Alexander Dunlap and Andrea Brock: When the wolf guards the sheep: confronting the industrial machine through green extractivism in Germany and Mexico
Working paper published by the University of Sussex.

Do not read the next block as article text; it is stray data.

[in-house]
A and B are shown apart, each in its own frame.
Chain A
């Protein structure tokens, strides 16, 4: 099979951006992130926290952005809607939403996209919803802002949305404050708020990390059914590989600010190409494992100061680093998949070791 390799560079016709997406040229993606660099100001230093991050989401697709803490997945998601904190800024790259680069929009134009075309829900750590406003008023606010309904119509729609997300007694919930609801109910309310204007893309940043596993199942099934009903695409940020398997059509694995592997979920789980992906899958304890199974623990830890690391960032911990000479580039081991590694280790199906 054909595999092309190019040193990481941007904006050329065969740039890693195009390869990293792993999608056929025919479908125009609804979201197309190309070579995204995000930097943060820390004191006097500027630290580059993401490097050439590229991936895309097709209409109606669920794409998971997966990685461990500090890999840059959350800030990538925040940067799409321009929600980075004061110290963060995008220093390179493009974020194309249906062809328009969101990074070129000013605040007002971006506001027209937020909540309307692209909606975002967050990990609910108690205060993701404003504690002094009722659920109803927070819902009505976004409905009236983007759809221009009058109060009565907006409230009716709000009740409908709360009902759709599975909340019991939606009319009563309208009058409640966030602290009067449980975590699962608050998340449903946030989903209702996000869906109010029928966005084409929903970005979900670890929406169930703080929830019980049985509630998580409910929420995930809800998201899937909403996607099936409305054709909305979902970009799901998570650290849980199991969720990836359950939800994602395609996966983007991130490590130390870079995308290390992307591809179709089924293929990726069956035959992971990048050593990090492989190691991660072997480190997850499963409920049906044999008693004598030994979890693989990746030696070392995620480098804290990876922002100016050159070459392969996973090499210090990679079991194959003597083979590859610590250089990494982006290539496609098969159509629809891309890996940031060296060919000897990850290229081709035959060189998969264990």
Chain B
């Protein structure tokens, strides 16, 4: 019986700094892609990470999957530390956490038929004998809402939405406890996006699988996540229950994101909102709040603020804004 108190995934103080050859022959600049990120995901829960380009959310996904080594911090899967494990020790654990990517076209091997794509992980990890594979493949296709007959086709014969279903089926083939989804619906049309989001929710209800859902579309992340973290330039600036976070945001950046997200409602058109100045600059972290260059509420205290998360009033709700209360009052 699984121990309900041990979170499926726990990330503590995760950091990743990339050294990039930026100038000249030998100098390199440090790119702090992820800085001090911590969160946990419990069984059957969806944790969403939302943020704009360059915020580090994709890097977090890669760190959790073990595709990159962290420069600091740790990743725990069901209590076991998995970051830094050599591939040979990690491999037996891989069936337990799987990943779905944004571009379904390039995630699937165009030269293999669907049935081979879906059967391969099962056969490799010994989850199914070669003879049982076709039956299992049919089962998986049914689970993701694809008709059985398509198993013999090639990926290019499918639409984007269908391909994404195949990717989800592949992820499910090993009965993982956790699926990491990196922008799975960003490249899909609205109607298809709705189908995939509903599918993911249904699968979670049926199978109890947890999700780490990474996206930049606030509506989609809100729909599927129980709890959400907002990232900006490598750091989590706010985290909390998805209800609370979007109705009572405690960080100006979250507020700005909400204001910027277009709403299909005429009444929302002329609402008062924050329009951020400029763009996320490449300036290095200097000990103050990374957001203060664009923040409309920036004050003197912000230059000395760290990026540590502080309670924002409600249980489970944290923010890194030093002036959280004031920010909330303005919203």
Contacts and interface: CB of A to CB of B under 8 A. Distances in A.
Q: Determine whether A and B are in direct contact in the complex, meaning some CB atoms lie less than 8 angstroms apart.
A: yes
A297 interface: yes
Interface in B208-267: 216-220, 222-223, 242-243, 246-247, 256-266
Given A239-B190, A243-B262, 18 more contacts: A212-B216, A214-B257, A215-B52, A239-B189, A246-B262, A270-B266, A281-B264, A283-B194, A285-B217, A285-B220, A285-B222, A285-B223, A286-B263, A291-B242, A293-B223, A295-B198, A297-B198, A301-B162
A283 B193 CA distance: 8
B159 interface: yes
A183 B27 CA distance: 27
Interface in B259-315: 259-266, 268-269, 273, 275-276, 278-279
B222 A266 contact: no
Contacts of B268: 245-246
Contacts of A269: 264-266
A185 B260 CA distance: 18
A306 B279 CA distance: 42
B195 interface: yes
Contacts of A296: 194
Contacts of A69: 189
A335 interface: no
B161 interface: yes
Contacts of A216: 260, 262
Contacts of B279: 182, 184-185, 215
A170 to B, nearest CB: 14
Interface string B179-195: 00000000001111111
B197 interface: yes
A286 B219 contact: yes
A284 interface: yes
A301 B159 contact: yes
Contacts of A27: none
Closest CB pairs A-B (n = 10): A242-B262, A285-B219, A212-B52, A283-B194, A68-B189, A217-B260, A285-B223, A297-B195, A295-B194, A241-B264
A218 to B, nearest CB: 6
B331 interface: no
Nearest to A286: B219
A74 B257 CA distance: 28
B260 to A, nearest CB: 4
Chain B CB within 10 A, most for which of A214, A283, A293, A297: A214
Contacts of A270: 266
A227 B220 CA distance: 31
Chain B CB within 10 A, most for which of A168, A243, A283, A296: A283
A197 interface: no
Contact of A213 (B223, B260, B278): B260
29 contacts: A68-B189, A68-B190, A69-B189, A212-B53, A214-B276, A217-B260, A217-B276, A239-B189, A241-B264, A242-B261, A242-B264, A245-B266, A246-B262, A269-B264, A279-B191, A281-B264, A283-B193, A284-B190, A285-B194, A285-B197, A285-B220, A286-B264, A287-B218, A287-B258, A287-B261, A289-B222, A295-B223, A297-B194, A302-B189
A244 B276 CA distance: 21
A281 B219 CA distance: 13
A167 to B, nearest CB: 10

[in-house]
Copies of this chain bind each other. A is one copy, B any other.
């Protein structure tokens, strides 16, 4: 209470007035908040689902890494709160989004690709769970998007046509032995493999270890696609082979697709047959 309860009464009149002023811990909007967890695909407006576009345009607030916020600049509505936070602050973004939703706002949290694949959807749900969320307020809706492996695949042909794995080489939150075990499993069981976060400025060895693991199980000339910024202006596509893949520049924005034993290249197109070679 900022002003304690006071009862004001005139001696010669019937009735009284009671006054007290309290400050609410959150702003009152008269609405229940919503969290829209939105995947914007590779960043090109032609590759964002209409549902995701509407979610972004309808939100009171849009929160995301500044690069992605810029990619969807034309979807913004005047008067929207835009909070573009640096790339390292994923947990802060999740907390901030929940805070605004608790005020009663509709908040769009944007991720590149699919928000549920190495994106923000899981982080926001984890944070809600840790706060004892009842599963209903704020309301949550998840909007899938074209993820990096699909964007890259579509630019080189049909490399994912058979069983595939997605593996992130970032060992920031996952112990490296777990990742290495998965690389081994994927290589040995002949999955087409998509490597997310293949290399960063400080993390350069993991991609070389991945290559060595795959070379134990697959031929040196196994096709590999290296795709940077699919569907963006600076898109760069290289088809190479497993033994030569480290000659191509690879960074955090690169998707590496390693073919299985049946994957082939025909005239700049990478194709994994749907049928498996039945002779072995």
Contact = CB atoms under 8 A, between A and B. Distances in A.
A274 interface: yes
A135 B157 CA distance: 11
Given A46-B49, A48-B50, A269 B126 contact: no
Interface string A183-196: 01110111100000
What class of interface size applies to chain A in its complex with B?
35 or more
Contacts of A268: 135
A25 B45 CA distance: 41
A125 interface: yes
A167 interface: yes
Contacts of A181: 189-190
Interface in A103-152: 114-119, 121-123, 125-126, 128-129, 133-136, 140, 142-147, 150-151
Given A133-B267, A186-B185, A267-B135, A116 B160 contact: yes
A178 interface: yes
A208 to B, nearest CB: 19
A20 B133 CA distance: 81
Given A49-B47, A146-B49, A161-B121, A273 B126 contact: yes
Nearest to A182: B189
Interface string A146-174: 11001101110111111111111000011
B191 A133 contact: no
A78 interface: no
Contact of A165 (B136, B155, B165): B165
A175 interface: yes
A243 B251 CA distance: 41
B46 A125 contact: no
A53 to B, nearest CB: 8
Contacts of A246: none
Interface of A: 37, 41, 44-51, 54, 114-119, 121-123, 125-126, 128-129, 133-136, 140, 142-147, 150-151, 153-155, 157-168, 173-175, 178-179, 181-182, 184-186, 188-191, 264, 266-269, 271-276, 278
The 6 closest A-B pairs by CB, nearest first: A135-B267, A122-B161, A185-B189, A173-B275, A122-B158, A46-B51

Deploying an anarchist political ecology approach, this paper compares coal mining in Germany with wind energy development in Mexico. The paper outlines some principles from green anarchy to develop important values for anarchist political ecology, illuminating neglected issues that highlight the colonial nature of the industrial system responsible for the present state of ecological and climate crisis. After highlighting the normalizing and self-reinforcing nature of industrial systems, we turn to examine RWE’s mining operations in the German Rhineland. Here, we discuss the example of RWE’s Hambach mine, the world’s largest opencast lignite coal mine that—while strongly resisted—is slowly destroying large parts of the Hambacher Forest every year. This destruction is justified by RWE’s deployment of green economic recultivation or ‘offsetting’ initiatives and legitimized by their corporate social technologies that attempt to marginalize and pacify militant resistance in the area. After delving into RWE’s attempts at ‘sustainable’ mining, we then turn to explore wind energy development in one of the greatest wind energy generations sites in the world, the Isthmus of Tehuantepec region of Oaxaca, Mexico—known locally as Istmo. Regarded as a climate change mitigation strategy, wind energy in the Istmo is having similar impacts to traditional extractive industries, not only in how developers acquire land, but also how local indigenous groups that contest the construction of these operations are repressed. The following section will compare and discuss the similarities, differences and relationships between coal and wind energy extraction. Here, we coin the “renewable energy-extraction nexus” to describe how conventional and so-called renewable energy systems are dependent on each other, collaborate, and together expand and intensify industrial development and socio-ecological degradation in a rush to grab all the vital energies of the earth. We conclude by arguing that the green economy is renewing destruction, not only by ‘greening’—thus legitimizing—inherently unsustainable industrial activities but by expanding such activities and relationships at the cost of social health and ecological diversity.